Get to know the accomplished individuals who will present at the TEDxGreenville conference on April 8th! In this series, writer Jennifer Oladipo asks some compelling questions.
A licensed master social worker, Marlanda Dekine (a.k.a. Sapient Soul) directs Speaking Down Barriers and Spoken Word Spartanburg. Her work combines education, social activism, and art to invite the building of a united, diverse community.
What is your favorite TED talk and why?
Words Make Worlds by Dominique Ashaheed. Dominique is a powerful, free speaker. There is no acting or performing. Instead, she shares herself with you. I believe that the most inspiring talks come from individuals who are open and authentic.
How does your work or art affect the way you see yourself?
I see myself as a person who finds cleansing and wholeness through the poetry that I write and share. I have written poems and rap songs since I was in elementary school. I have the binders to prove it! Poetry has saved my life time and time again. I believe that I would not be who I am without this gift. In many ways, poetry is a large part of who I am.
What are the most powerful words you’ve ever heard?
“Your silence will not protect you.” -Audre Lorde
These words fill me up. They help me and guide me. These words remind me that even when I am afraid, I must speak. As the Director of an anti-oppressive organization, we think very critically about the history and architecture of the United States. We consider how oppression and dominance has separated us from living meaningful lives across difference. Unfortunately, it is in our unevolved nature to be fearful of change. It is people’s resistance for engaging the truth of how these barriers came to be that scares me the most. Then, I remind myself of Audre Lorde, bell hooks, Malcolm X, Shirley Chisolm, Grace Lee Boggs, James Baldwin, and many others who have come before me. Each of them opened their mouths.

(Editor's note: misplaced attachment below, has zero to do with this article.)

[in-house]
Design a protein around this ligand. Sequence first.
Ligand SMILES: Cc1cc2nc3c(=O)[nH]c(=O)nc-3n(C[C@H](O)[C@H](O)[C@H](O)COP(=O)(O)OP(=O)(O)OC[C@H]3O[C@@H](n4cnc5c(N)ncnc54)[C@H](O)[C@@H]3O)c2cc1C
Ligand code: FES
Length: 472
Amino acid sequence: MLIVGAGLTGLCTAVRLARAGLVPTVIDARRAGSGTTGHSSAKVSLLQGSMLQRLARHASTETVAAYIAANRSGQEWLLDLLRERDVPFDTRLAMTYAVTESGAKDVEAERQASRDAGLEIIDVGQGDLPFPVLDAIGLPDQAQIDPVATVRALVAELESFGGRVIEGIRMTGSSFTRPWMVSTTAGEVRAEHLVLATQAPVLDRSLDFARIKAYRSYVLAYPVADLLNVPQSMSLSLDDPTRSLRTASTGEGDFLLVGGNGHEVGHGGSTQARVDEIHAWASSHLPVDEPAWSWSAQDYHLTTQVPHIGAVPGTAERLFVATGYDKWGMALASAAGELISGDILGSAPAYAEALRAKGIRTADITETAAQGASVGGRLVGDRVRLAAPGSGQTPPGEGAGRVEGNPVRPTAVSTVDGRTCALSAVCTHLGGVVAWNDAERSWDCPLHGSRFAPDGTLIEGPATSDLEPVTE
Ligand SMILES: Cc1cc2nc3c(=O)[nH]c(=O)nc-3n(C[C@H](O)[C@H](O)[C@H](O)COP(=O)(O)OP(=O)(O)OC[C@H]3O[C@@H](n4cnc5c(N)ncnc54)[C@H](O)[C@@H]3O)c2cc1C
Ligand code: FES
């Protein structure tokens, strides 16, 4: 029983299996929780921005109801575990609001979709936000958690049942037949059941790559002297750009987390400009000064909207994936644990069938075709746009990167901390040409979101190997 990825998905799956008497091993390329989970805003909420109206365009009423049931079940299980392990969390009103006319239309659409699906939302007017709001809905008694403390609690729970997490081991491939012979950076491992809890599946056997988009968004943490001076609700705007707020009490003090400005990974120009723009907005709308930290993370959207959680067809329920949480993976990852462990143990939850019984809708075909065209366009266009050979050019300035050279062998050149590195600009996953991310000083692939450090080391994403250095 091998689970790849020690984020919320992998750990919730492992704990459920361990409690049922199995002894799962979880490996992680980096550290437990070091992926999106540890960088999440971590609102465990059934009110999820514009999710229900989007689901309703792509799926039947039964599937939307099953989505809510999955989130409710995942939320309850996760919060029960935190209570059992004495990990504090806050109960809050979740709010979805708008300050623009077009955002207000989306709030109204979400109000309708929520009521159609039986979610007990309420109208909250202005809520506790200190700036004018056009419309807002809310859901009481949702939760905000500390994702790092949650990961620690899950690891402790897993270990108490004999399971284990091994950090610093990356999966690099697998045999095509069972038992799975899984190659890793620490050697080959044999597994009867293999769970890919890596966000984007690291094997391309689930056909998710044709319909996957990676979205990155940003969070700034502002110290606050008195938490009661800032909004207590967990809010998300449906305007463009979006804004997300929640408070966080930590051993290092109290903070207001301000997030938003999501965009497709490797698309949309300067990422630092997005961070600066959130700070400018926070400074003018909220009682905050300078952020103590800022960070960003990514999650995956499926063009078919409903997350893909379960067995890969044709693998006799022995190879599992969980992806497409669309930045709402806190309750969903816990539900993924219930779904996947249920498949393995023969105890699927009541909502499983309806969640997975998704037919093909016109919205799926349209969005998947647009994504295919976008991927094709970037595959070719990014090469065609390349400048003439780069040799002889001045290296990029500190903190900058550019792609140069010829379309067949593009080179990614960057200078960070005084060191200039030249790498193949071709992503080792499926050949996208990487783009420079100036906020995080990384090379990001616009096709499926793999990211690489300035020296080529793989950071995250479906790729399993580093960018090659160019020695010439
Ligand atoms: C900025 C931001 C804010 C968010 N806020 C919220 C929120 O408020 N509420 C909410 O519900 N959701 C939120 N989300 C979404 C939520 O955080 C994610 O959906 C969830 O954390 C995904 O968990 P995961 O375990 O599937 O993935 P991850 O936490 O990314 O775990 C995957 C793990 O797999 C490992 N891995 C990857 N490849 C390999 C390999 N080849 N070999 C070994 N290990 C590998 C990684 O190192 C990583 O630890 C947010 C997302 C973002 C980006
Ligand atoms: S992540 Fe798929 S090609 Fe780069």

Personally, I see myself as a citizen of the entire Upstate. I believe that we build separation too often across geographic lines. Who does this better? Who does that better? I think TEDxGreenville has the opportunity to shatter those barriers. The Upstate has so much to share with the world. Why not on a TEDx stage?
Where do you find inspiration?
Everywhere! I find inspiration in my fiancé’s hair, the clouds in the sky, and even my dog’s bark. These are the things that remind us that we are alive. These are the blessings that we too often take for granted. Because of the work that I do, I find myself asking questions of myself and others often. Formal education, and even today’s workplace, is always after the facts, asking, “is this evidence-based?” There is so much more to life when we are creative and innovative. I find inspiration in the Creator and all created.
What was the last idea, big or small, that you thought was an idea worth sharing?
Theaster Gates’ TED talk, How to Revive a Neighborhood. His leap at using art to elevate an entire community was powerful. We often see communities make efforts at renewal and revitalization. Too often, residents are pushed out. This happens throughout the Upstate and Mr. Gates demonstrates a route that challenges us to seek options that holds people first.
For more information about Kaleidoscope speakers and performers, visit our 2016 presenter page, where extended bios are available.